have you asked petco what it is they do for that $14? just brushing? brushing and scaling? if it's the former, i'd skip it, but if it's the latter, it's probably worth it if your dog has tartar buildup. i have a scaler at home, and i have scaled the dogs' teeth if they need it, but not very often.

for brushing, i have used a soft human toothbrush and some doggie toothpaste and just brushed. they all have pretty good teeth, though, so i don't even worry much about them . . . brush once in a while if i think of it, but that's about it.

i guess little dogs have more teeth issues, though so maybe you have to follow a more regimented protocol? dunno.

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Postby jestBC » Sun Jan 27, 2008 11:26 am

$14 is a little steep for tooth brushing! If I were you, I would invest that cash in a finger toothbrush and some doggie toothpaste, and just do it yourself.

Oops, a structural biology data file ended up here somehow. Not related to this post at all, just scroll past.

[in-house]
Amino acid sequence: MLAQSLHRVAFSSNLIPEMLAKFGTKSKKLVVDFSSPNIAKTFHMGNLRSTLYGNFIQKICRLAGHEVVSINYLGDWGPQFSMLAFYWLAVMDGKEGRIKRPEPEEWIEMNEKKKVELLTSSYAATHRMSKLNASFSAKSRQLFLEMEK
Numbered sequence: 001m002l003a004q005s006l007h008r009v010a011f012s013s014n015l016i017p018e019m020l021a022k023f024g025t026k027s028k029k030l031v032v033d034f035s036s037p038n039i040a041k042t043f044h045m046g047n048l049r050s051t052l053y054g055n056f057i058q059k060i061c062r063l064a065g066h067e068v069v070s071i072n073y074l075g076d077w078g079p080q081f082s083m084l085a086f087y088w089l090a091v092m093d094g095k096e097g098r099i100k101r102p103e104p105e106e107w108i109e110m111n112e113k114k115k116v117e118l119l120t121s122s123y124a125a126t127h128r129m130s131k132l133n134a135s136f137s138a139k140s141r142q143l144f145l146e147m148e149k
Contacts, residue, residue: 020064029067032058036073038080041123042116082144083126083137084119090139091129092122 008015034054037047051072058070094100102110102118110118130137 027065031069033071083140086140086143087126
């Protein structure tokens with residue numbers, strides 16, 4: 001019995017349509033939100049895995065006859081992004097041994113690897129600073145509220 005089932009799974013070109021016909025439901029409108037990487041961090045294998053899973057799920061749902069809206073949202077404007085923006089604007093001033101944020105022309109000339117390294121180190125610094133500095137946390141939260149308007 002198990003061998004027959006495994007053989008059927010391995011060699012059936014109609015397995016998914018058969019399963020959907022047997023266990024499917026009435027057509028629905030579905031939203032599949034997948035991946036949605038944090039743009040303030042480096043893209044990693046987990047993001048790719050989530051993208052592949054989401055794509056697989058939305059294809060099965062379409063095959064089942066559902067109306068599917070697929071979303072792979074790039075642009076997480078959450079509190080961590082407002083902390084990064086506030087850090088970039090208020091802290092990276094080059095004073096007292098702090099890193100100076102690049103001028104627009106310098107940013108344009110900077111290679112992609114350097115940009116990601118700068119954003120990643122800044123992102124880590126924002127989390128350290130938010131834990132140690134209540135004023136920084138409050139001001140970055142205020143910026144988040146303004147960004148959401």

We charge $5 for brushing which takes all of 1 minute...lol
"Dental treats" are absolutely ridiculous! Imagine your dentist said to you: "Here, eat these cookies to keep your teeth clean." Wouldn't you want to find a new dentist?!
Raw bones are natures toothbrushes. If Oliver is a kibble fed dog, he will probably need a dental cleaning when he gets a bit older..if possible, find a hygienist who does anesthetic -free cleanings; most dogs will tolerate it just fine. :thumbsup:

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Postby UrsusArctos » Sun Jan 27, 2008 11:38 am

jestBC wrote:.if possible, find a hygienist who does anesthetic -free cleanings; most dogs will tolerate it just fine. :thumbsup: